Under the old law, a claimant not in privity of contract with the owner was required to file a statement of claim as a prerequisite to an action against the contractor and his surety.17 This requirement was deleted by the 2019 revision, as it was incompatible with other provisions of the PWA.18
Sufficiency of Property Description
Previously, certain filings under the PWA, such as a notice of contract and notice of termination, required a “legal property description.” Now, filings require a “complete description of the immovable,” which requires a greater degree of specificity.19 A definition of this term is provided in the “miscellaneous definitions” section.21
Time to File Statement of Claim
Under existing law, a claimant must file a statement of claim within a predefined time period (30 days, 60 days, or 70 days) in order to preserve his PWA claim and privilege. The proper time period turns on several factors, including the claimant’s role in the project, whether a notice of contract was timely filed, and whether a notice of termination was timely filed after the project was completed. Under the new law, there remain several time periods within which a claimant must file a statement of claim, including a new six-month period (for non-general contractor claimants) and a new seven-month period (for general contractors) if no notice of termination is filed.22
These are just a few of the many sweeping changes made to the Private Works Act. Indeed, the 2019 revision likely represents the most comprehensive change to the Act since 1981.23 While its purpose remains intact-that is, the protection of construction laborers, subcontractors, and materialmen-legal practitioners and private construction actors alike should carefully familiarize themselves with the changes to ensure that rights under the Private Works Act are protected and properly preserved.24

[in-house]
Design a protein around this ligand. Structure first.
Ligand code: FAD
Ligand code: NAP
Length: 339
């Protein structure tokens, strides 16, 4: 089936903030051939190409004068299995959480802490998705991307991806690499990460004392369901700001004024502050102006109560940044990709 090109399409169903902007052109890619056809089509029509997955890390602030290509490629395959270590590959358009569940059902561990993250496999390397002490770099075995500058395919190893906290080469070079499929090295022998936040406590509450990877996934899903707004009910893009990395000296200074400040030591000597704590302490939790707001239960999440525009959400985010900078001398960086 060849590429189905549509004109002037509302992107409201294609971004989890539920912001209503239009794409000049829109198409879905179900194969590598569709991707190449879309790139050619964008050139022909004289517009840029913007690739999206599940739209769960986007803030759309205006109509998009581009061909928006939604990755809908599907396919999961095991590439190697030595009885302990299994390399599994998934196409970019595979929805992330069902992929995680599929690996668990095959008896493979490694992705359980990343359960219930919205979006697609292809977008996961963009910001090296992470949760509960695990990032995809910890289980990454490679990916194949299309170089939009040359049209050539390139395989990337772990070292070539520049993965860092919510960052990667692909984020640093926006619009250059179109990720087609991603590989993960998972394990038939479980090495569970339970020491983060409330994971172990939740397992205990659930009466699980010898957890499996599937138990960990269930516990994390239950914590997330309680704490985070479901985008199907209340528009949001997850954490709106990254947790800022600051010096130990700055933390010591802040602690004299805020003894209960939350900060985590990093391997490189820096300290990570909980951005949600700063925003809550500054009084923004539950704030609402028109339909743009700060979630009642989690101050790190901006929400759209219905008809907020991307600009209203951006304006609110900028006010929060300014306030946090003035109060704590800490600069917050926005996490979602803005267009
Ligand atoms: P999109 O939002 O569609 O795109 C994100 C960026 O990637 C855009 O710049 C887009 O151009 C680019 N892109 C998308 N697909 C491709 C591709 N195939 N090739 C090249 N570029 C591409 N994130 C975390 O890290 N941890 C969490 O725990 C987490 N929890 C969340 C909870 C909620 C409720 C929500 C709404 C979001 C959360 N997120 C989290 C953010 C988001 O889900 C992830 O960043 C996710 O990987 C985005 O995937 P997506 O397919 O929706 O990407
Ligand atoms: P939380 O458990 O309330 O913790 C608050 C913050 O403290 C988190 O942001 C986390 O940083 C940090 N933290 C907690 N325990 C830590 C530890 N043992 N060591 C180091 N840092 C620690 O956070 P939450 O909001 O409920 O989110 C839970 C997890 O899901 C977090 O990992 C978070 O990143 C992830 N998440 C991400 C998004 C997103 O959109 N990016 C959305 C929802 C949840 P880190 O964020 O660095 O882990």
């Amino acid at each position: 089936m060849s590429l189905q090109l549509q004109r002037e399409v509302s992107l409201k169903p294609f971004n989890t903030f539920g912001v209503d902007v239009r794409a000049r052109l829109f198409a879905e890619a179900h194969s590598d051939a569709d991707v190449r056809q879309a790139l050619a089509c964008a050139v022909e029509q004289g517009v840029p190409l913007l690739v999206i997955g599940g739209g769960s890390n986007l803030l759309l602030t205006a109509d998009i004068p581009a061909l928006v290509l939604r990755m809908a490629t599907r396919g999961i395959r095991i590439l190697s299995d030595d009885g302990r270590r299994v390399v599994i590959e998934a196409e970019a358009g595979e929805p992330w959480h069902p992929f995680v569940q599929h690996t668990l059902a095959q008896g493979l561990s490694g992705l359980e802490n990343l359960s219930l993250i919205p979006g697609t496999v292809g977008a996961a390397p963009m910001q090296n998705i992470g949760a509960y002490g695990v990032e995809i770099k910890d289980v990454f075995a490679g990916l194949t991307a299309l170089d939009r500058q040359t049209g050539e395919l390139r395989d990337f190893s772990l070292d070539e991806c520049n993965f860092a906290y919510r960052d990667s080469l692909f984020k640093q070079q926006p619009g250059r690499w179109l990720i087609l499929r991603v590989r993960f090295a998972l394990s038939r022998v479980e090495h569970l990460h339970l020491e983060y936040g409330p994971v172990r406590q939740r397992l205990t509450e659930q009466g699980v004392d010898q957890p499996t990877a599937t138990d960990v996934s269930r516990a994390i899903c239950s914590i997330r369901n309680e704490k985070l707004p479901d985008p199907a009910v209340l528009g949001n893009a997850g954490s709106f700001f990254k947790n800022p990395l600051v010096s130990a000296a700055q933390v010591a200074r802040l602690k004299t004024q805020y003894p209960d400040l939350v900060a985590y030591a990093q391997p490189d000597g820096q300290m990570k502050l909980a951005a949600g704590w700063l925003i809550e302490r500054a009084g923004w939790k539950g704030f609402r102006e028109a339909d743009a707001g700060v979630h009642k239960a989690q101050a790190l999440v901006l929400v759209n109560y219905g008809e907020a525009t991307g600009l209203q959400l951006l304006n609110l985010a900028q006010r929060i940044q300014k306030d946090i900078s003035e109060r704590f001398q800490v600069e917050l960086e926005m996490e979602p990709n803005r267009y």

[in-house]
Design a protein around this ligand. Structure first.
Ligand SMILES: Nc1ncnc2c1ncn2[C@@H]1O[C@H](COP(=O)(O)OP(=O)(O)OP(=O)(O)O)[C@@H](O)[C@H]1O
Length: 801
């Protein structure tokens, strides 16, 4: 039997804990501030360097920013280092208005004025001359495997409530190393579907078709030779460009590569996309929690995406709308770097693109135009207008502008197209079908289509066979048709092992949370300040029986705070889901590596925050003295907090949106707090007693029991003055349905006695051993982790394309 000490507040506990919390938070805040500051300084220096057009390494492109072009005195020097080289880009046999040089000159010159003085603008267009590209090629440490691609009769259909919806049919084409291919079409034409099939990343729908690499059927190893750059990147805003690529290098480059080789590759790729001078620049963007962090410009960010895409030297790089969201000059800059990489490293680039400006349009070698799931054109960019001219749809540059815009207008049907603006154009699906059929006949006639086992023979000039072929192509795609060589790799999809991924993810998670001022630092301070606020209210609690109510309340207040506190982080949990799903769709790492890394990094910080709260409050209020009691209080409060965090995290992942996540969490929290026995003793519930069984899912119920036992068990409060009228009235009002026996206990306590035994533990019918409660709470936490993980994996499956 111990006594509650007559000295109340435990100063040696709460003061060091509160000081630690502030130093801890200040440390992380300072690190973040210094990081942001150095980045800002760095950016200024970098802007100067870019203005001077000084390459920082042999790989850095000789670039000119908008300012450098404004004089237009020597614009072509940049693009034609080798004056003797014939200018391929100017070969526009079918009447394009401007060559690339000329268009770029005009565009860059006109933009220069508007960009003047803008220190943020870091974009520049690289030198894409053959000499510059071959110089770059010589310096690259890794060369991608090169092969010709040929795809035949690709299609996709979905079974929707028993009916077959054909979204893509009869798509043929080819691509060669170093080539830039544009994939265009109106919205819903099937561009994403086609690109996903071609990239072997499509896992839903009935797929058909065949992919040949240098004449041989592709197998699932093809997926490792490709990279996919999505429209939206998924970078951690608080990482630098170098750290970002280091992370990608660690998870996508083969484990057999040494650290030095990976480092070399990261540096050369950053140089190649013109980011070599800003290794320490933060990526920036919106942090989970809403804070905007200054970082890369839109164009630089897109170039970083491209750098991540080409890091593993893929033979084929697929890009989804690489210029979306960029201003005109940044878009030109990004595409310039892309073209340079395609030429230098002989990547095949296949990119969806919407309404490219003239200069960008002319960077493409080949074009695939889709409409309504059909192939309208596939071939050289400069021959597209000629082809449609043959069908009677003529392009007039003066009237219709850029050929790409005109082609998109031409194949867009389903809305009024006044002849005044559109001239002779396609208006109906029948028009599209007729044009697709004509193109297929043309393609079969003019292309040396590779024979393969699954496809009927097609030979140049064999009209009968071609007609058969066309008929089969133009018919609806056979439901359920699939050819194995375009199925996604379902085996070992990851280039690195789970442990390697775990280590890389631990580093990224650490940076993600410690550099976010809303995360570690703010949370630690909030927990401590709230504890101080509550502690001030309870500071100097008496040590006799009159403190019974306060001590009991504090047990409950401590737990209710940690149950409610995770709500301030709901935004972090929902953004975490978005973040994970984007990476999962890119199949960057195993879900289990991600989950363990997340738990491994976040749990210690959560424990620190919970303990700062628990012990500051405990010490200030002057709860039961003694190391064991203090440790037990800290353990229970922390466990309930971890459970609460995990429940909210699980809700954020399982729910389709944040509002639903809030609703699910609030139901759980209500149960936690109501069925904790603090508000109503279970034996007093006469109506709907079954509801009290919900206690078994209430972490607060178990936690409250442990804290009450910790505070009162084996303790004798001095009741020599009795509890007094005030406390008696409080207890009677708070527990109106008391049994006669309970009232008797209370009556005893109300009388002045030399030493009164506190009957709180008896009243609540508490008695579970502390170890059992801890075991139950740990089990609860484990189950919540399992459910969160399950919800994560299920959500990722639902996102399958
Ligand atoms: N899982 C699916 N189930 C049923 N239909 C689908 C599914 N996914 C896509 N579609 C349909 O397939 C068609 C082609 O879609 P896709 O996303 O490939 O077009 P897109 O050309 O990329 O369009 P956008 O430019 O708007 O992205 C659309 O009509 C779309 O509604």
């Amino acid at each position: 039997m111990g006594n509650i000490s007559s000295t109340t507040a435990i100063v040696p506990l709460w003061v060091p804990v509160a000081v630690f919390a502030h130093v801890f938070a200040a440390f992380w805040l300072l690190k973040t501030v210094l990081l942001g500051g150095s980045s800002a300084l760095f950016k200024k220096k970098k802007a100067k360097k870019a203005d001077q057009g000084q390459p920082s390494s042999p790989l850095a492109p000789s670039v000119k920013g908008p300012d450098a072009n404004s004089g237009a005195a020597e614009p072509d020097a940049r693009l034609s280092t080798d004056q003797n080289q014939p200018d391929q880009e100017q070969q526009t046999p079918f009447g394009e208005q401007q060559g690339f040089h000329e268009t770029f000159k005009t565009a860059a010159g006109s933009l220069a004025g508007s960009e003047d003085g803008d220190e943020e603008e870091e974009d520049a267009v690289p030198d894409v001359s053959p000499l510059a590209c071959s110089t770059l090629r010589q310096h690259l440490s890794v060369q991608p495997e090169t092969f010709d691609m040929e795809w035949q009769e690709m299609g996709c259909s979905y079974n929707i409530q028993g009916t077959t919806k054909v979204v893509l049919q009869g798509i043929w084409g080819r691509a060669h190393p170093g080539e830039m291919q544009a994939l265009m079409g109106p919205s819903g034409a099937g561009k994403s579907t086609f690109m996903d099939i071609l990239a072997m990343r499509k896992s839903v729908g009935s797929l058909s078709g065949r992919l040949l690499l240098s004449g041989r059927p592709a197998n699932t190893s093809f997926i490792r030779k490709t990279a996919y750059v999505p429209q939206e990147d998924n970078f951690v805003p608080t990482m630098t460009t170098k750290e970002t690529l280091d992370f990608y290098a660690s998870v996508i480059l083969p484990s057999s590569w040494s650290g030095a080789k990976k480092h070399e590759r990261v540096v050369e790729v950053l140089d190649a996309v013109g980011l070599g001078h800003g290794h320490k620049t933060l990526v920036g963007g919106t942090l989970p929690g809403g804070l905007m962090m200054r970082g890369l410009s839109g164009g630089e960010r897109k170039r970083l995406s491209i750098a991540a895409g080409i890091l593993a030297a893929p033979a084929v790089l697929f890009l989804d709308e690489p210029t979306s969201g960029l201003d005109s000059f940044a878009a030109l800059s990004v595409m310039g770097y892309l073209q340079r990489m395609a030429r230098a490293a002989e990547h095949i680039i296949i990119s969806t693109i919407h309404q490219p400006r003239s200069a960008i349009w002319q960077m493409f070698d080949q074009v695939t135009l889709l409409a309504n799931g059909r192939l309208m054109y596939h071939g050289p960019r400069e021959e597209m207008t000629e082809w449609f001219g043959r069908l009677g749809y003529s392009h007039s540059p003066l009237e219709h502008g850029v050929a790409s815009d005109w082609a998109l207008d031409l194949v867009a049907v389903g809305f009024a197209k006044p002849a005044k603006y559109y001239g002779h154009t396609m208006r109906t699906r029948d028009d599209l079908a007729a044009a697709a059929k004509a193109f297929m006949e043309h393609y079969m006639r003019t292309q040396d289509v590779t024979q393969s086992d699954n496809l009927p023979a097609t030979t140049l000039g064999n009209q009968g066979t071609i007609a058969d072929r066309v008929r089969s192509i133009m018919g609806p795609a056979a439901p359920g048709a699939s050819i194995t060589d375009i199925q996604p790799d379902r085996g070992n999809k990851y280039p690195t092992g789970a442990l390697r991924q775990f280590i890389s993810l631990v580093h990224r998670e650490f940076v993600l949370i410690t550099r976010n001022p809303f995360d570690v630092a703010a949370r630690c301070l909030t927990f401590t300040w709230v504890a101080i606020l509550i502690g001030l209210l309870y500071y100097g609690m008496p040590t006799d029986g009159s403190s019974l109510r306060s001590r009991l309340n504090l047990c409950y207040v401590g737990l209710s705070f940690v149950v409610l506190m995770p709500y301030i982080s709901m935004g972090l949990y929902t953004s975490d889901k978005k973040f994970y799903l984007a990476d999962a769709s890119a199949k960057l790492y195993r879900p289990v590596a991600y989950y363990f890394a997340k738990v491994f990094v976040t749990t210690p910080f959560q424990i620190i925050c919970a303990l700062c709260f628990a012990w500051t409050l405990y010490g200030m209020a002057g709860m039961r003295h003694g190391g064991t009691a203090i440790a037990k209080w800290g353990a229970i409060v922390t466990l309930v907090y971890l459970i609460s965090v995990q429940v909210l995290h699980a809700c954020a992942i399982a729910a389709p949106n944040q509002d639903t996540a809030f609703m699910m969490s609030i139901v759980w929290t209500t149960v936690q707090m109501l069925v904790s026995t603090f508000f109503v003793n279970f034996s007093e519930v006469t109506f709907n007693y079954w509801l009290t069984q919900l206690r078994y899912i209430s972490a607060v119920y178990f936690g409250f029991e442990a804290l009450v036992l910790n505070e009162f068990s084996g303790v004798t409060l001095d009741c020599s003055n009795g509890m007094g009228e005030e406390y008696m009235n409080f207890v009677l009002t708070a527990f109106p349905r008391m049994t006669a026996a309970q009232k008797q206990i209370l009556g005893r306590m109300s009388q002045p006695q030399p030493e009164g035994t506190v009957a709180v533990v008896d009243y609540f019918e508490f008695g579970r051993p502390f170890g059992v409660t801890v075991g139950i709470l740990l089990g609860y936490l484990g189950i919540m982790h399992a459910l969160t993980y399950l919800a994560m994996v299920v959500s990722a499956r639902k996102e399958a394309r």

1La. R.S. 9:4801,et seq.
2Peter S. Title, Louisiana Real Estate Transactions, in LOUISIANA PRACTICE SERIES § 15:19 (2d ed.).
3Byron Montz, Inc. v. Conco Constr., Inc., 02-0195, p. 6 (La. App. 4 Cir. 7/24/02), 824 So. 2d 498, 502.
6La. R.S. 9:4801-4802; La. R.S. 9:4810(6).
7See La. Civ. Code art. 3273; La. R.S. 9:4822.
8See La. R.S. 9:4810.
9See La. R.S. 9:4809.
10See La. R.S. 9:4811(a); La. R.S. 9:4831(A).
11See JASON J. KILBORN, LOUISIANA SECURITY DEVICES: A PRÉCIS 125 (2d ed. 2012).
12See La. R.S. 9:4811(D).
13La. R.S. 9:4811, cmt. (e) (citing Burdette v. Drushell, 01-2494 (La. App. 1 Cir. 12/20/02), 837 So. 2d 54);Tharpe & Brooks, Inc. v. Arnott Corp., 406 So. 2d 1 (La. App. 1 Cir. 1981)).
14La. R.S. 9:4811(D) (emphasis added).
15See La. R.S. 9:4812(A).
16La. R.S. 9:4812(B).
17La. R.S. 9:4822, cmt. (p).
19See, e.g.,La. R.S. 9:4811(A)(2); La. R.S. 9:4811, cmt. (b); La. R.S. 9:4822(E)(1).
20La. R.S. 9:4810(3).
21See La. R.S. 9:4822; La. R.S. 9:4822, cmts. (b), (e).
22See Michael H. Rubin,Ruminations on the Private Works Act, 58 LA. L. REV. 569, 570-72 (1998) (discussing the history of the PWA).
23Hibernia Nat’l Bank v. Belleville Historic Dev., L.L.C., 01-0657, p. 7 (La. App. 4 Cir. 3/27/02), 815 So. 2d 301, 305-06,writ denied,02-1177 (La. 2002), 818 So. 2d 785 (citations omitted).